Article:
I recently read an article that involved a man who's hiv was cured by stem cell therapy doctors were using to treat his leukemia. I think with proper treatment your friend has every reason to be hopeful. Good luck, he's lucky to have such a caring and concerned friend.
    http://www.aidsmeds.com/articles/hiv...67_19563.shtml

    My husband completed residency at this hospital in Berlin, and knows a few of the involved physicians. Truly an amazing leap for the treatment/cure of HIV/AIDS, but not quite a promise for everyone infected.

    I wish your friend years of good health and strength in his future.
    Here today, gone tomorrow...



  9. #9
    Join Date
    Aug. 30, 2000
    Location
    Greensboro, NC
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    Default

    I don't know where you live, but in my area there is a wonderful organization called Triad Health Project--they offer all kinds of programming and support for people with HIV. I'm sure there is something similar where you are, and if not there are national groups as well. Doing some research and offering to attend an event or two with him right now might mean a lot, since he is probably feeling completely overwhelmed. I would think that one of the biggest things these types of organizations could do would be introducing him to other people who are living with HIV, so that he can see that this is not quite the death sentence that it used to be.

    It's clear from the tone of your post that you are already a great support system for your friend, and just being there for him is probably helping more than you know.



  10. #10
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    Feb. 13, 2005
    Location
    Columbus, OH
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    Default

    Thankfully, HIV is not the early death sentence that it used to be. These days, thanks to advances in medication, MANY people live their full life expectancies with HIV. Best of luck to your friend.
    ________________________
    Resident COTH saddle nerd. (CYA: Not a pro, just a long-time enthusiast!)
    http://twitter.com/jenlmichaels



  11. #11
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    Apr. 28, 2008
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    Default

    Your friend's first step should be to learn all he can about it. HIV is much more treatable these days, but he needs to take a proactive role in making sure he is managing his illness. Resources are out there for cost-effective meds -- learn about those as well. Jingles for your friend's continued health.

    You are being a great friend to be there for him. Another important way you can be a great firend is to gently make sure that he also discloses his HIV status to any future sexual partners.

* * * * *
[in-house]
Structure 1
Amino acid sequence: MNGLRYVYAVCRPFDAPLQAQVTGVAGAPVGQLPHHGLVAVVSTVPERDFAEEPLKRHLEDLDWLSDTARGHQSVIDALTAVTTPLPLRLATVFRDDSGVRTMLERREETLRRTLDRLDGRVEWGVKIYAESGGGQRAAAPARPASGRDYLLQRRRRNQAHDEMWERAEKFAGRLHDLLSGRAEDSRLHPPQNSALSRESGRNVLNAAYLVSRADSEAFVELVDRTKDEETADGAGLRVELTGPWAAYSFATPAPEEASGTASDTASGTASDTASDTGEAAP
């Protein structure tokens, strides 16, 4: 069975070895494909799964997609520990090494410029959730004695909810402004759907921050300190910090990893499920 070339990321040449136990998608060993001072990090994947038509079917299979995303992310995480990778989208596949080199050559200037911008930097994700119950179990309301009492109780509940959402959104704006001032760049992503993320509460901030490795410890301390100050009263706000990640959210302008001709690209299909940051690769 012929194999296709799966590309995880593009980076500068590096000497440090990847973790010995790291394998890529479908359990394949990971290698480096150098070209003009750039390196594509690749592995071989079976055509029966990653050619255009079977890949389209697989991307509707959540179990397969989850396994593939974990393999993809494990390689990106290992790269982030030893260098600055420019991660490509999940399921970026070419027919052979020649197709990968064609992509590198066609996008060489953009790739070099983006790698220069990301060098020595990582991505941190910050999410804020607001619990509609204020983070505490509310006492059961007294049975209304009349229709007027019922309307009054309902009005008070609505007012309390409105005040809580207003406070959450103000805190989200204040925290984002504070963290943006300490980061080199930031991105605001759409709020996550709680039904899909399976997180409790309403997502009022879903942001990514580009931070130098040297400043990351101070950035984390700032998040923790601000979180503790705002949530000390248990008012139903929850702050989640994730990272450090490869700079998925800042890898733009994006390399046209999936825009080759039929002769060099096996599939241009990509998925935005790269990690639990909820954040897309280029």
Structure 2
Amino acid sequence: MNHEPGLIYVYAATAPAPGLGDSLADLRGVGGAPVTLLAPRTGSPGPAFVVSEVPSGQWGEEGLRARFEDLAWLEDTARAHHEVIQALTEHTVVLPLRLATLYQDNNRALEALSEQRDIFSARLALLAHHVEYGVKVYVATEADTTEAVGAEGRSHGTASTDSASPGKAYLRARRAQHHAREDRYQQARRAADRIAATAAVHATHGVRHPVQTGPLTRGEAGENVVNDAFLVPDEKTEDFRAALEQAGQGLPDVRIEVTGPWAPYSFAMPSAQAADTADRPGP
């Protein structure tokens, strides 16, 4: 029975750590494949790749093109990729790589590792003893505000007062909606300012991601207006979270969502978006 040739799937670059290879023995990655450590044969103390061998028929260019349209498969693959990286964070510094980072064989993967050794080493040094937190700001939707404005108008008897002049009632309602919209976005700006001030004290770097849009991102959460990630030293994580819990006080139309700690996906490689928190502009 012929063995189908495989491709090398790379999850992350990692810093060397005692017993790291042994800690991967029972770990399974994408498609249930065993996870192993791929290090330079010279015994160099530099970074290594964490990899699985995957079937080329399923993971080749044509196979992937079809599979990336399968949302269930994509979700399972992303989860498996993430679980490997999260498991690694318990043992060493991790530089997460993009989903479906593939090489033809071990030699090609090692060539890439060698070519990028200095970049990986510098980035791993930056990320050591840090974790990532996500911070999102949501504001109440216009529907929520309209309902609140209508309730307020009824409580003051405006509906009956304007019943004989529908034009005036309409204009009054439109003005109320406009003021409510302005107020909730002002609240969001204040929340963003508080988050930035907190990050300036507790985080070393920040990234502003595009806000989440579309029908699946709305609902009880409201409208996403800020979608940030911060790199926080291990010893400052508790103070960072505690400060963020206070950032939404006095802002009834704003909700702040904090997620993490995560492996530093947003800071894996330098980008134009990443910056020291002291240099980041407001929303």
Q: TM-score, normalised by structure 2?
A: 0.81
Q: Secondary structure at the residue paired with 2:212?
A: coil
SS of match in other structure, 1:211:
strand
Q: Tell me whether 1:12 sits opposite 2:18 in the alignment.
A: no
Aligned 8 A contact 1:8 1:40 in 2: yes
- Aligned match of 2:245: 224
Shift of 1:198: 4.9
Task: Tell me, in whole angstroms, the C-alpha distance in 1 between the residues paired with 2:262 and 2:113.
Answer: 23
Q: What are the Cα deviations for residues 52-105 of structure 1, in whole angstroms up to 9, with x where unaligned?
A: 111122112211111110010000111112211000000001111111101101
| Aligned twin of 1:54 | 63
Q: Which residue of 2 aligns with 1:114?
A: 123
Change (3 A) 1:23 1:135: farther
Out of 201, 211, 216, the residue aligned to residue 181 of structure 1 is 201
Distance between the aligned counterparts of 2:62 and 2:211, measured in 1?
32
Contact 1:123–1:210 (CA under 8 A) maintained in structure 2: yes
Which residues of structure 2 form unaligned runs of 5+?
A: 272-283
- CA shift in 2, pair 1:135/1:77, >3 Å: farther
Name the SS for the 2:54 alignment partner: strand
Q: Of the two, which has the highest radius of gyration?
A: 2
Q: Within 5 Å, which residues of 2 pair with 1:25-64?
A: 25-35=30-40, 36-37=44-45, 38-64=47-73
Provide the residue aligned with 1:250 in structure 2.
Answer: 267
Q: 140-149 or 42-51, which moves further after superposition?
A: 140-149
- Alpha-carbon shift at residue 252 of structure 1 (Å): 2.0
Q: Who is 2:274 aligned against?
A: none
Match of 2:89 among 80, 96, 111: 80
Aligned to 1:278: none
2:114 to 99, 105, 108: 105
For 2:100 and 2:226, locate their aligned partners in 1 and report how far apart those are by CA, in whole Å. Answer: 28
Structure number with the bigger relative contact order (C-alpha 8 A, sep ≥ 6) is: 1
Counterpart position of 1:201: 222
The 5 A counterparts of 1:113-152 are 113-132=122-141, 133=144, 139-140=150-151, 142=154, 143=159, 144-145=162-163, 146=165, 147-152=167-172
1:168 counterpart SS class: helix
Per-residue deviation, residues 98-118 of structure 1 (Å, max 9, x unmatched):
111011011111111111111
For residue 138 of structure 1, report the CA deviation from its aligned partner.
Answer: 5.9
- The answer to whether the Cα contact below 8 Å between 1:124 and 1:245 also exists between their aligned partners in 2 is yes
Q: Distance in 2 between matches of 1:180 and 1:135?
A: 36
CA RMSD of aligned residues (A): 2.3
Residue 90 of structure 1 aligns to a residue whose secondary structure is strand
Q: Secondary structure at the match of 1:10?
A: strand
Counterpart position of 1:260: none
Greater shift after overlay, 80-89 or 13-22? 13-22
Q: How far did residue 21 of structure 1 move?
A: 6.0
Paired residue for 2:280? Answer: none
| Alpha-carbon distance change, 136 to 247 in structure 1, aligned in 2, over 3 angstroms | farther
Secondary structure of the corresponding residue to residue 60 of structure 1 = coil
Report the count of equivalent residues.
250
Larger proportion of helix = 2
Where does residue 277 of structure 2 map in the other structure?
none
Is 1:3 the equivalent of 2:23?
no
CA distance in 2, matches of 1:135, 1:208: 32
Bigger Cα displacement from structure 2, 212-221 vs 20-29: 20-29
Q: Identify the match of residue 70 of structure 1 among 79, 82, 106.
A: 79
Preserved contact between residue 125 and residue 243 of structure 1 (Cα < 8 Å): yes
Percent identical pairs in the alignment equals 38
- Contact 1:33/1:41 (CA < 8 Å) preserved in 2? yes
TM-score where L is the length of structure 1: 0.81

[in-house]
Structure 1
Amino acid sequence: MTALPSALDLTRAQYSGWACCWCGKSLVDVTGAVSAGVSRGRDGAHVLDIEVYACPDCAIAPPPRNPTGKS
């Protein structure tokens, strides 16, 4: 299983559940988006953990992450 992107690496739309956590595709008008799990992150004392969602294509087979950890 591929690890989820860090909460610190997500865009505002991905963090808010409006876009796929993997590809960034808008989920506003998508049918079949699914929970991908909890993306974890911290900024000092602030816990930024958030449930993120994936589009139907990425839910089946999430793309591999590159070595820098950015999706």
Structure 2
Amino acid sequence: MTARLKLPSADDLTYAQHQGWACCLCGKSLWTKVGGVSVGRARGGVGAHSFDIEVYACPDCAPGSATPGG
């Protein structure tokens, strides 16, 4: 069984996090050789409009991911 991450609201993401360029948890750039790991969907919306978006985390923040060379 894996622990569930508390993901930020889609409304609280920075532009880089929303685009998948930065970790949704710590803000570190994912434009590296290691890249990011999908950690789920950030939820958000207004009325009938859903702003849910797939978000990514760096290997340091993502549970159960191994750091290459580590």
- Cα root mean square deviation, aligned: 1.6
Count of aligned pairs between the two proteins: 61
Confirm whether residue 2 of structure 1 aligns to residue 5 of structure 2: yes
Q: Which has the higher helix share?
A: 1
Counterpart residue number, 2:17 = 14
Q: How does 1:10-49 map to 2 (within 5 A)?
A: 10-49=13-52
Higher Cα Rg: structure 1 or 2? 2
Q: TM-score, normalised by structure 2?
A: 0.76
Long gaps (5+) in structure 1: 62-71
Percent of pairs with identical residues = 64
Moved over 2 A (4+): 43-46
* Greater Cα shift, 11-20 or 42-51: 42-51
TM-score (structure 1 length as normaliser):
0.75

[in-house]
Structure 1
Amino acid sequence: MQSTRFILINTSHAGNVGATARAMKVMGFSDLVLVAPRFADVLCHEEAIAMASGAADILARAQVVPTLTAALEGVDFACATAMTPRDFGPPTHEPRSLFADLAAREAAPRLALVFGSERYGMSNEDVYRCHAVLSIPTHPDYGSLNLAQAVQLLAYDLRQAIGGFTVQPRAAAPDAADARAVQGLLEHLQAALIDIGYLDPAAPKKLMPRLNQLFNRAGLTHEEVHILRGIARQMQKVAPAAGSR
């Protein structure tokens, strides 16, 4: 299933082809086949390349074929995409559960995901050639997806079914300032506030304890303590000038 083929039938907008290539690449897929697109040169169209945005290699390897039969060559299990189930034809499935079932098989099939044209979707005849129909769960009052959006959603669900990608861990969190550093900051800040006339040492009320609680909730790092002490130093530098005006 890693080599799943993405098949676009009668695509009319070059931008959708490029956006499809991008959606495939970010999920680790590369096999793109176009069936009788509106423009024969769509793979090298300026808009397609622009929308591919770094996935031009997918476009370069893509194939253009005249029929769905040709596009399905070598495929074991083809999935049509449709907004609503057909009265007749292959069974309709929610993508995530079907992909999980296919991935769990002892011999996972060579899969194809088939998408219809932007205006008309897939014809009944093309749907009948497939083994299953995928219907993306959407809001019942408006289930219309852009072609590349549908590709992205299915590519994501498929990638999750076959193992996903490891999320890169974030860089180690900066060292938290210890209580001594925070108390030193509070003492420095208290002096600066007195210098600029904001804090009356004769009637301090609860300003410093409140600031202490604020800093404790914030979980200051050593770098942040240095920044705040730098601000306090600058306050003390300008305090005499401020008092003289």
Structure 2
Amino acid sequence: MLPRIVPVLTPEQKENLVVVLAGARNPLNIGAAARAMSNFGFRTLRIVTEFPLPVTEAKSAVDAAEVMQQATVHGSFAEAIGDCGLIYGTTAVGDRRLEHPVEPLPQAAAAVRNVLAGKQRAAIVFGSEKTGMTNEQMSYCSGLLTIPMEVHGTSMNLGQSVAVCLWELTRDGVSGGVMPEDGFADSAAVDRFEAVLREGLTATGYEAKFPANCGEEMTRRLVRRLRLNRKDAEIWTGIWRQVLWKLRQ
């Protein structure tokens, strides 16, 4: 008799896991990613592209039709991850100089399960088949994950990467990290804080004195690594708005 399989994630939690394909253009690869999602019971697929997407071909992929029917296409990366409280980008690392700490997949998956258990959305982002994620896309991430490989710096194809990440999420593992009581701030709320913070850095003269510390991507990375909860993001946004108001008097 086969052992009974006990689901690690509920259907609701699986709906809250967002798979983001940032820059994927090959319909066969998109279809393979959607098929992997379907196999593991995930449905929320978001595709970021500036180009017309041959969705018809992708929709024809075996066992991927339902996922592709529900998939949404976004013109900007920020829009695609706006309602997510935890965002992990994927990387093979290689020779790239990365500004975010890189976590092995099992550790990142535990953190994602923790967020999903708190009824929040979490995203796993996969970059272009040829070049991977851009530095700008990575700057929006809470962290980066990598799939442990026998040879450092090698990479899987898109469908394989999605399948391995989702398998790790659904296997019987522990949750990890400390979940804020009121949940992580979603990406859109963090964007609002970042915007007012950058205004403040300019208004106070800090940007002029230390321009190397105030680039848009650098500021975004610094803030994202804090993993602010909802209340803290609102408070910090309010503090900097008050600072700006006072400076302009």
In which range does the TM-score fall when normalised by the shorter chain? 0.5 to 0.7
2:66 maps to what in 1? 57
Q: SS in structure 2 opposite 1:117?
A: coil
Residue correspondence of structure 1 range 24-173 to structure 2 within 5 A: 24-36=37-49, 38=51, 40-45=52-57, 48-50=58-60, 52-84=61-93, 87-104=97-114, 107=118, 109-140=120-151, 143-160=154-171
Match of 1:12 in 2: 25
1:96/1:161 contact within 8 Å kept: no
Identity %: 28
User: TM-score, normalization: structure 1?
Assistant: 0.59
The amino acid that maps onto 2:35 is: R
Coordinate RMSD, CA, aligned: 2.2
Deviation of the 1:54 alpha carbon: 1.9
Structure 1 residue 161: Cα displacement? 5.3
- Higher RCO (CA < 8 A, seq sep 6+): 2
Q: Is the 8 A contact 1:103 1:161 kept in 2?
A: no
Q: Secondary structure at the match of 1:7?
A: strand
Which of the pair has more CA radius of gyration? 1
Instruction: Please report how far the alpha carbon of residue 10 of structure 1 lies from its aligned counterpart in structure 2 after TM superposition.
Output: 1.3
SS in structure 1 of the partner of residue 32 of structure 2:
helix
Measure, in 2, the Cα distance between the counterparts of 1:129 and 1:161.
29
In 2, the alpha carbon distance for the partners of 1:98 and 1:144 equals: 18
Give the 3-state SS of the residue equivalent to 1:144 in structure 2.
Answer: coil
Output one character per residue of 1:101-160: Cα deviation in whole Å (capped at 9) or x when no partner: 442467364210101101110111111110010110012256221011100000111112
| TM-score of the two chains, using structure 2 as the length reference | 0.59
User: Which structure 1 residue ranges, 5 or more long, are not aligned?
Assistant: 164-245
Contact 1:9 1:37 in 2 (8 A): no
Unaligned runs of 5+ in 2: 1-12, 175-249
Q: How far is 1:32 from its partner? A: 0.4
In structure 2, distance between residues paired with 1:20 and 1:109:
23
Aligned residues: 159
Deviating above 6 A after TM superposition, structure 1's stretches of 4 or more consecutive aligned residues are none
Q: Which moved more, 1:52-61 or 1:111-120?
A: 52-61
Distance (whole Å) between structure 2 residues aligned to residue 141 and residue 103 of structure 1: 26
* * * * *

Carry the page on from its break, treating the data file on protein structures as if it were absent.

12. #12
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    Apr. 29, 2006
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    Default

    One of my very good friends from high school was diagnosed HIV positive 15 years ago. He is still doing great. Has a super job, travels all over the world and is (tg) fit and healthy.

    All the best to your friend.



  13. #13
    Join Date
    Jan. 23, 2000
    Location
    Virginia
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    Default

    One member of my family was diagnosed in the 80s - back when it really was a death sentence, and usually quickly. Even WITHOUT these amazing advances in technology, he managed to live another 20 years before passing away from cancer.

    Best of luck to your friend. Theres a LOT of resources out there.
    ---
    They're small hearts.



  14. #14
    Join Date
    Jan. 31, 2010
    Location
    Earth
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    Default

    I am so sorry.

    I have known many people diagnosed with HIV as well as AIDS. It is very hard, especially when you receive the news.

    There are many groups that work with the patient as well as friends and family of the patient to help with the physical, emotional and spiritual needs of each person.

    I've done a lot of work with children who are either HIV positive or who have HIV positive/AIDS Dx'd mothers and fathers/family members. It is very heart-breaking, but I will say there are a lot of positive improvements in the past few years in terms of medicine.

    Again, I am so sorry.



  15. #15
    Join Date
    Jul. 13, 2004
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    3,177

    Default